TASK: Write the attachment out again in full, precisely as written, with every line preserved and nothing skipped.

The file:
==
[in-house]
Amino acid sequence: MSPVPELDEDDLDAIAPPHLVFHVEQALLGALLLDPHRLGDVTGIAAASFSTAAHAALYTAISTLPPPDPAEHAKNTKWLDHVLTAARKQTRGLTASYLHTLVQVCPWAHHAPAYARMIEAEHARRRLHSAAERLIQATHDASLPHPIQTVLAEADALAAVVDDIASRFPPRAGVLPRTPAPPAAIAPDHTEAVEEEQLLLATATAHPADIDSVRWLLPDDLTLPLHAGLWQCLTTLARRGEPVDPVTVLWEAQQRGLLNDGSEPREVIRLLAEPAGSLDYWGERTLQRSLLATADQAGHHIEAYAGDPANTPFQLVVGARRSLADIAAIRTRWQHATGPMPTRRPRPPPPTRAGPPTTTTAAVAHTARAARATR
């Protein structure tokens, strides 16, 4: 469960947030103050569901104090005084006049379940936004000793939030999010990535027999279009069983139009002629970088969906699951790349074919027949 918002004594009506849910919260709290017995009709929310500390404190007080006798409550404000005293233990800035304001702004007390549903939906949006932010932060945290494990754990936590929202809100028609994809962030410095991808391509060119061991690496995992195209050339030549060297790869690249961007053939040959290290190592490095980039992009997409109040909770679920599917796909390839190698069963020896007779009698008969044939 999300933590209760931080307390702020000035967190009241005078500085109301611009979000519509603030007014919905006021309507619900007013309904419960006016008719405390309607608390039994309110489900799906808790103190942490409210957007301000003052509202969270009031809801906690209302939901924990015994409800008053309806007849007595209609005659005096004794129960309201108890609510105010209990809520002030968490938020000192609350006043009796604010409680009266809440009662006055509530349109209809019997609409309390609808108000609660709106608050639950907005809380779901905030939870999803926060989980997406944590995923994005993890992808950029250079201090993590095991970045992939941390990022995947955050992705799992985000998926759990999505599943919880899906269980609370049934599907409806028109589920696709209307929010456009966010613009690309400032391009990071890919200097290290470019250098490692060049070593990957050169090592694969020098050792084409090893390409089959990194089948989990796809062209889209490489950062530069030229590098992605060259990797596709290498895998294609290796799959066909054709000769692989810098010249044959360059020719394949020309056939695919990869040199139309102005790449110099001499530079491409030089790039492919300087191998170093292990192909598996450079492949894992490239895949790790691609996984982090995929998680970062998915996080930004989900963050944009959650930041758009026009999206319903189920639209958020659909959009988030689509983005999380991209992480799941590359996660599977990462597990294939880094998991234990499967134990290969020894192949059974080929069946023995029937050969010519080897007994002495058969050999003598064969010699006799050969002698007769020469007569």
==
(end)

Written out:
[in-house]
Amino acid sequence: MSPVPELDEDDLDAIAPPHLVFHVEQALLGALLLDPHRLGDVTGIAAASFSTAAHAALYTAISTLPPPDPAEHAKNTKWLDHVLTAARKQTRGLTASYLHTLVQVCPWAHHAPAYARMIEAEHARRRLHSAAERLIQATHDASLPHPIQTVLAEADALAAVVDDIASRFPPRAGVLPRTPAPPAAIAPDHTEAVEEEQLLLATATAHPADIDSVRWLLPDDLTLPLHAGLWQCLTTLARRGEPVDPVTVLWEAQQRGLLNDGSEPREVIRLLAEPAGSLDYWGERTLQRSLLATADQAGHHIEAYAGDPANTPFQLVVGARRSLADIAAIRTRWQHATGPMPTRRPRPPPPTRAGPPTTTTAAVAHTARAARATR
């Protein structure tokens, strides 16, 4: 469960947030103050569901104090005084006049379940936004000793939030999010990535027999279009069983139009002629970088969906699951790349074919027949 918002004594009506849910919260709290017995009709929310500390404190007080006798409550404000005293233990800035304001702004007390549903939906949006932010932060945290494990754990936590929202809100028609994809962030410095991808391509060119061991690496995992195209050339030549060297790869690249961007053939040959290290190592490095980039992009997409109040909770679920599917796909390839190698069963020896007779009698008969044939 999300933590209760931080307390702020000035967190009241005078500085109301611009979000519509603030007014919905006021309507619900007013309904419960006016008719405390309607608390039994309110489900799906808790103190942490409210957007301000003052509202969270009031809801906690209302939901924990015994409800008053309806007849007595209609005659005096004794129960309201108890609510105010209990809520002030968490938020000192609350006043009796604010409680009266809440009662006055509530349109209809019997609409309390609808108000609660709106608050639950907005809380779901905030939870999803926060989980997406944590995923994005993890992808950029250079201090993590095991970045992939941390990022995947955050992705799992985000998926759990999505599943919880899906269980609370049934599907409806028109589920696709209307929010456009966010613009690309400032391009990071890919200097290290470019250098490692060049070593990957050169090592694969020098050792084409090893390409089959990194089948989990796809062209889209490489950062530069030229590098992605060259990797596709290498895998294609290796799959066909054709000769692989810098010249044959360059020719394949020309056939695919990869040199139309102005790449110099001499530079491409030089790039492919300087191998170093292990192909598996450079492949894992490239895949790790691609996984982090995929998680970062998915996080930004989900963050944009959650930041758009026009999206319903189920639209958020659909959009988030689509983005999380991209992480799941590359996660599977990462597990294939880094998991234990499967134990290969020894192949059974080929069946023995029937050969010519080897007994002495058969050999003598064969010699006799050969002698007769020469007569």